There are a few more options you can read about with `man git-rerere`. Typically, though, you don’t need to interact with rerere as it is invoked alongside other Git commands automatically for you.

Use Cases

To get started, you need to enable it.  You can do this per project or globally.

git config rerere.enabled true
git global config rerere.enabled true

Now, let’s work through a conflict.  If you’d like to follow along, you can checkout the repo at

how to use git rerere
git checkout feature
git merge master

This is what you’re used to seeing when you get conflicts, but there’s something new.

> Recorded preimage for ‘file.txt’

This tells us rerere has seen the conflict and recorded the “before” state, or preimage.  Let’s resolve the conflict and continue the merge.

using rerere to resolve conflicts

Once we merge, you’ll notice another new line.

> Recorded resolution for ‘file.txt’.

This tells us that rerere has recorded our resolution, or postimage.  We’ll dig into the details in a moment. First, let’s undo the merge and try it again.

git reset --hard HEAD^
git merge master

This time we’ll see an innocuous little line that indicates the awesomeness of rerere.

> Resolved ‘file.txt’ using previous resolution.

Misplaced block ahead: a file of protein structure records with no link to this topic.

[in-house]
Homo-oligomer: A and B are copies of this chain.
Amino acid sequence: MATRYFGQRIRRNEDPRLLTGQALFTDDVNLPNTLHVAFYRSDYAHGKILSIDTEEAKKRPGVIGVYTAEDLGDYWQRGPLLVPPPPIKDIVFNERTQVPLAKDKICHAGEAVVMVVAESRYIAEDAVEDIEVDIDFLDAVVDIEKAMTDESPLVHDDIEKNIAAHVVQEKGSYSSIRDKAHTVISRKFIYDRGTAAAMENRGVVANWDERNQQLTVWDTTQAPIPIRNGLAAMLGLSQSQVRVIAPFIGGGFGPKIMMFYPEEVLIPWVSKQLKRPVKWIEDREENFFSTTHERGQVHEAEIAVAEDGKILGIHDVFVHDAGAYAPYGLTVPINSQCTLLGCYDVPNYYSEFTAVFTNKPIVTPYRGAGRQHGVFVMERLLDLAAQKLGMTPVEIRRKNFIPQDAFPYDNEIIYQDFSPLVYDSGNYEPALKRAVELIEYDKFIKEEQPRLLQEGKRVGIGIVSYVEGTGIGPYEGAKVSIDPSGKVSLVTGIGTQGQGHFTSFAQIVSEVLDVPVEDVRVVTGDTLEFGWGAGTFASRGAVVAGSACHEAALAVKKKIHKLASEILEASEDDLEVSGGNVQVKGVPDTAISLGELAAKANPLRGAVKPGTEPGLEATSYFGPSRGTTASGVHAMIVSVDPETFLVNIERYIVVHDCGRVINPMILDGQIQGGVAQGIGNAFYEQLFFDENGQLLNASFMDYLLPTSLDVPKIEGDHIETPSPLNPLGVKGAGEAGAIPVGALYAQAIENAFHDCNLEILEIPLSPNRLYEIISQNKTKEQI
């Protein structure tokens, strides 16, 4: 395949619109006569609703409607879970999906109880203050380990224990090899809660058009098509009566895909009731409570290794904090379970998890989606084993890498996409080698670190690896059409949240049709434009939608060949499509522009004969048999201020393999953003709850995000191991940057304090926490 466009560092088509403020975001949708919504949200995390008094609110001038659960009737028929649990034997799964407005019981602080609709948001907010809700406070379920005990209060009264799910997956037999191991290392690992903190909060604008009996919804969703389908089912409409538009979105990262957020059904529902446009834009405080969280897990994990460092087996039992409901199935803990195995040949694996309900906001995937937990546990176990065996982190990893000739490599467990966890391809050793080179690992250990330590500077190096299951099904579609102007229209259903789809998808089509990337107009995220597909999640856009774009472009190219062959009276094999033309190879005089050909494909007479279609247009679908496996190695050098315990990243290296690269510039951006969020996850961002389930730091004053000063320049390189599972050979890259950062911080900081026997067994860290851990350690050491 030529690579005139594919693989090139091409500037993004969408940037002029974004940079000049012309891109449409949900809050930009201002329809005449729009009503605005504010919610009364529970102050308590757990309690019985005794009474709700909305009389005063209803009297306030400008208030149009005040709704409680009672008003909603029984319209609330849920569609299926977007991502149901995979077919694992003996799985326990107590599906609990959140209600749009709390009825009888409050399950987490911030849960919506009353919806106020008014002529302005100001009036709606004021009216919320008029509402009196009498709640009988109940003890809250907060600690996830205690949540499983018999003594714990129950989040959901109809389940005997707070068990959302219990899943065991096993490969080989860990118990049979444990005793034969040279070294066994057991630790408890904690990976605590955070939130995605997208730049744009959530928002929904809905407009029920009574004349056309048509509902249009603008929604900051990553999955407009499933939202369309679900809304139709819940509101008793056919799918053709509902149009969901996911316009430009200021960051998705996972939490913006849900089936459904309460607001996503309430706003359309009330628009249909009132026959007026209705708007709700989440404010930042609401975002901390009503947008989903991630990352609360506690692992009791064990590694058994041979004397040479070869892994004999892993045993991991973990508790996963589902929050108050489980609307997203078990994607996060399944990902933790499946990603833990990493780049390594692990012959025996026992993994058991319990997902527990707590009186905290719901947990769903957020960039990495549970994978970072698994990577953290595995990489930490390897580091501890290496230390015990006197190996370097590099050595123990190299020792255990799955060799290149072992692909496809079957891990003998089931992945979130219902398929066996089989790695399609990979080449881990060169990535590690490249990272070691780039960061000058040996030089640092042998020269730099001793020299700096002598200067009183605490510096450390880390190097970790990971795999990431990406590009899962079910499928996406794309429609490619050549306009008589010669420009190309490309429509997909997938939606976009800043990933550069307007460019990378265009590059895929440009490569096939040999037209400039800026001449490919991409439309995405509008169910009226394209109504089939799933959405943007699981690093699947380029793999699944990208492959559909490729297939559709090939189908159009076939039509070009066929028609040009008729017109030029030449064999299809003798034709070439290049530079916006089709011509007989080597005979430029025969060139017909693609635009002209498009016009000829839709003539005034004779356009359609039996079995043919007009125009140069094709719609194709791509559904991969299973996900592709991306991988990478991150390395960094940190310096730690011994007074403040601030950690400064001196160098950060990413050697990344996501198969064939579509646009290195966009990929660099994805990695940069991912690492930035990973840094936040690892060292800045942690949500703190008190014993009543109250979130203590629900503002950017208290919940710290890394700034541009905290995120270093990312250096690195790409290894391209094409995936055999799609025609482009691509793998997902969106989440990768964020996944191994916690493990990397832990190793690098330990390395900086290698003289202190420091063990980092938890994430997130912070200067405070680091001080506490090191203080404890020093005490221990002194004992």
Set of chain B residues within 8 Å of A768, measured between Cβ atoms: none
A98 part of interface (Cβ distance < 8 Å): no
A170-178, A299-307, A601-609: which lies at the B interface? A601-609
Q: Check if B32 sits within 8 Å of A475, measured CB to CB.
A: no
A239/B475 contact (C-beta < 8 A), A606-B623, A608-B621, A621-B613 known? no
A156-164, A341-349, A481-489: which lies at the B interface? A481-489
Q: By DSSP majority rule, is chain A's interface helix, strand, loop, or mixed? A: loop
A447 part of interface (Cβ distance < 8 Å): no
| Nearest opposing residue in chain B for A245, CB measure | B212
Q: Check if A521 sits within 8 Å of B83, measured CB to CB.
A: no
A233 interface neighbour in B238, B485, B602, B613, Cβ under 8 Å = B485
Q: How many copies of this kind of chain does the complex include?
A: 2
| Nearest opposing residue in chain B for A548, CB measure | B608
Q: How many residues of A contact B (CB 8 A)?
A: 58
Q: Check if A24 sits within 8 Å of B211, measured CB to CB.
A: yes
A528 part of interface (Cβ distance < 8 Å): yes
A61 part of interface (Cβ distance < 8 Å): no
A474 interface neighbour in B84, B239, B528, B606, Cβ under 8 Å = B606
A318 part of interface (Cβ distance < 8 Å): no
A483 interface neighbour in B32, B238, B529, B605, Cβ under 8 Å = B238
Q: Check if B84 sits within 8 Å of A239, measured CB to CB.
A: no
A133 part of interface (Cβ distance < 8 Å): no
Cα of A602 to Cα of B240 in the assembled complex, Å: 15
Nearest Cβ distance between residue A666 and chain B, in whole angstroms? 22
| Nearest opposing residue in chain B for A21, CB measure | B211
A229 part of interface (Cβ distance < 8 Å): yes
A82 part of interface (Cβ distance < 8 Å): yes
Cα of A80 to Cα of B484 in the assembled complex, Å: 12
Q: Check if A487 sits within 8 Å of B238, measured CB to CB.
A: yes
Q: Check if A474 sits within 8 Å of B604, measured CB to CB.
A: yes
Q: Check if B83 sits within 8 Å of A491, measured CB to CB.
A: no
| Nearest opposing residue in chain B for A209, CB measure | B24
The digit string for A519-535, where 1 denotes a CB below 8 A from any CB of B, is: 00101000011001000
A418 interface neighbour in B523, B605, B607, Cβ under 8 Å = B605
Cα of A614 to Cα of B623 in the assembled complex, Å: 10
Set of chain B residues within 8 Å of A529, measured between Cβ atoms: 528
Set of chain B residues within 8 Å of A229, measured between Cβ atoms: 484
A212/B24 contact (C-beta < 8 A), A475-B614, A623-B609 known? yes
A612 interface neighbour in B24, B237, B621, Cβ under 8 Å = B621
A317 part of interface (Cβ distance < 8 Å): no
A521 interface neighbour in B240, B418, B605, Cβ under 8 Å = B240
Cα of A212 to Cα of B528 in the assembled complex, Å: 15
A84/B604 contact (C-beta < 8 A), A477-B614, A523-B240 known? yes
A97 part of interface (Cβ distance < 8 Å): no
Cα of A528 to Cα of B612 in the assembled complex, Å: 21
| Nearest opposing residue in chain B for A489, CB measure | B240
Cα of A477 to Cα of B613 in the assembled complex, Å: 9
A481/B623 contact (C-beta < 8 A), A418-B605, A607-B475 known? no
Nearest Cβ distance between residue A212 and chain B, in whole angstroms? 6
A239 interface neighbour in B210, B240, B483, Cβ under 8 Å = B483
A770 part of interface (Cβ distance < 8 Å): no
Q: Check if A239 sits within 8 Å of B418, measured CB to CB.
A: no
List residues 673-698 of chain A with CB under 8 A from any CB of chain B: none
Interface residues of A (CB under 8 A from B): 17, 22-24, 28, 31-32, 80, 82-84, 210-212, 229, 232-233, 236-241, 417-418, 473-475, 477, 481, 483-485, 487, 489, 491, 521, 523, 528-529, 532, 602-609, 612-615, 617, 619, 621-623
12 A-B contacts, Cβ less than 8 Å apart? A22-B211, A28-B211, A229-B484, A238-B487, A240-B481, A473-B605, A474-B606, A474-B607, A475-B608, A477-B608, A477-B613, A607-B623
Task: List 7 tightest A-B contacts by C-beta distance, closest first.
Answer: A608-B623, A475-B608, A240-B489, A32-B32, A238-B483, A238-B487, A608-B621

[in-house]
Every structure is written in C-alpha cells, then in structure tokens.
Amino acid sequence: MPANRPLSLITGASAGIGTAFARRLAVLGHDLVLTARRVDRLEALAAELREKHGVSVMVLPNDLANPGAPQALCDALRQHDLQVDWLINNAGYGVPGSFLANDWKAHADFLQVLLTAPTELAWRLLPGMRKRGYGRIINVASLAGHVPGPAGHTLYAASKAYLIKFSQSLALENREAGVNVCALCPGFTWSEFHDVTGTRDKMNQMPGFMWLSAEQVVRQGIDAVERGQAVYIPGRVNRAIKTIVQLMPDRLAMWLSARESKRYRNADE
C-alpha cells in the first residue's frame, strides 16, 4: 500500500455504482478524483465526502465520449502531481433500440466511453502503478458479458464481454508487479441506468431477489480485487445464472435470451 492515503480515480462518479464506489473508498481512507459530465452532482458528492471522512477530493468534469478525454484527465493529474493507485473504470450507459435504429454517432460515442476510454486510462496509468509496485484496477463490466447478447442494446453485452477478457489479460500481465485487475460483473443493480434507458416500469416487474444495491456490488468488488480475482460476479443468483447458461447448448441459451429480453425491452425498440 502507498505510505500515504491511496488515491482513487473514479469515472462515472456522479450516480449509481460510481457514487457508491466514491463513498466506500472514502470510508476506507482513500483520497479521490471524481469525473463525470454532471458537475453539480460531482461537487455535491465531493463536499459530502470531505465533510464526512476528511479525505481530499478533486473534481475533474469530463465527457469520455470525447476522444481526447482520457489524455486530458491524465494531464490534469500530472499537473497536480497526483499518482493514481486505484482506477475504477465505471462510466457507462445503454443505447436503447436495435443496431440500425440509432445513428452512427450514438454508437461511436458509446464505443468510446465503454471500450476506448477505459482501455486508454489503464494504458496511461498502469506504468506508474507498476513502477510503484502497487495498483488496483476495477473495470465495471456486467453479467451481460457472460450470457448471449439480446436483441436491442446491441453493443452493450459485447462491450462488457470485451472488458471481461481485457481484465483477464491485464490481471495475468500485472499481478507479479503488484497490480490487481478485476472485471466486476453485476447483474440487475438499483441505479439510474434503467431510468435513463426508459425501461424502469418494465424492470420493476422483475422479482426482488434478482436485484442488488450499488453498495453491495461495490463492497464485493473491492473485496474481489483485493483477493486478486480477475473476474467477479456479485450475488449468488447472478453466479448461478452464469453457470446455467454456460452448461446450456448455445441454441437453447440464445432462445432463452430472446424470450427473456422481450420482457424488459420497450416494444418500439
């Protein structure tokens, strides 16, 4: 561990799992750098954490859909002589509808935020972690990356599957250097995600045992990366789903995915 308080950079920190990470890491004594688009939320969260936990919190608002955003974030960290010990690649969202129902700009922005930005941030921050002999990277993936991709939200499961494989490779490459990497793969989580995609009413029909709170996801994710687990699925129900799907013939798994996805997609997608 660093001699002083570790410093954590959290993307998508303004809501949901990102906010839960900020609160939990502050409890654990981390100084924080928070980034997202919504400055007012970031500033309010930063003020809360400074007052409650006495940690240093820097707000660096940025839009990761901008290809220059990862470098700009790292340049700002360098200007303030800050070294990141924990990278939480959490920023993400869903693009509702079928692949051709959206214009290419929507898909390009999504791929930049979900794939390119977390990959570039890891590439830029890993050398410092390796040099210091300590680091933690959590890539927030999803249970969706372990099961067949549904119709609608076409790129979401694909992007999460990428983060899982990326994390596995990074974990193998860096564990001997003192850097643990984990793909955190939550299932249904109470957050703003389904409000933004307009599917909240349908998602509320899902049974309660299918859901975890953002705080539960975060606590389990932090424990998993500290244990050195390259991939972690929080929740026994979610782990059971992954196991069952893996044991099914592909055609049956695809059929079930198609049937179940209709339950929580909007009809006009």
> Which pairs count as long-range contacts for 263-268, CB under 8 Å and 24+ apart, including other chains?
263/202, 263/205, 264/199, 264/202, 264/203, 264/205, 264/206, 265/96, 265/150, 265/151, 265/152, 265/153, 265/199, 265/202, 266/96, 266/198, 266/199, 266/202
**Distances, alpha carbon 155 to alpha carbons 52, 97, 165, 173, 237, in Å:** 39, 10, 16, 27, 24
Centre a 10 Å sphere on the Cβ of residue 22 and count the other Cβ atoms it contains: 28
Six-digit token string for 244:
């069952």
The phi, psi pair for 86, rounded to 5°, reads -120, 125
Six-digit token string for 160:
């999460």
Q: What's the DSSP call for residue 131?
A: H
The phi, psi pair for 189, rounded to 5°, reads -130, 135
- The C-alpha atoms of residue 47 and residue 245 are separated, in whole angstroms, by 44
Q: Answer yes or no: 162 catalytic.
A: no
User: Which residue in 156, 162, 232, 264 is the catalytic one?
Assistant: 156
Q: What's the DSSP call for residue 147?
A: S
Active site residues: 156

git status shows us that the file had a conflict.

conflict resolution with rerere

But when you look at the file, you’ll see that the resolution has already been applied!

how to use rerere to resolve conflicts

All we have to do is stage it and commit.  rerere will leave it unstaged so you still get a chance to see what happened.  All that’s left for you is to stage and commit. No more working through the same painful resolutions again.

How it works

Look in .git/rr-cache/ and you’ll see how this works.  For each file containing a conflict, a new directory with a hash name is created.  In our case, we’ll see c96db5732e5a8fb4bb3f610d8ce4b167e3fe2580, which corresponds to file.txt.  Within the directory, we see “preimage”, “postimage”, and “thisimage.” When rerere sees a conflict, it creates “preimage.”

> Recorded preimage for ‘file.txt’

If you look at it, you’ll see it’s file.txt with the conflict markers (minus the sources for each you usually see).

Unsurprisingly, “postimage” is what the file should look like after the conflict is resolved.

> Recorded resolution for ‘file.txt’.

“thisimage” is a bookkeeping mechanism rerere uses during a resolution.  It’s possible an unlucky file can have many conflicts, which will all be within this directory.  “thisimage” is the one most recently being worked through.

You’ll notice there is no magic here.  These are just plain text files. Let’s demonstrate by changing the “postimage” and doing the merge again.

echo "This is the new resolution." > .git/rr-cache/c96db5732e5a8fb4bb3f610d8ce4b167e3fe2580/postimage
git reset --hard HEAD^
git merge master
git diff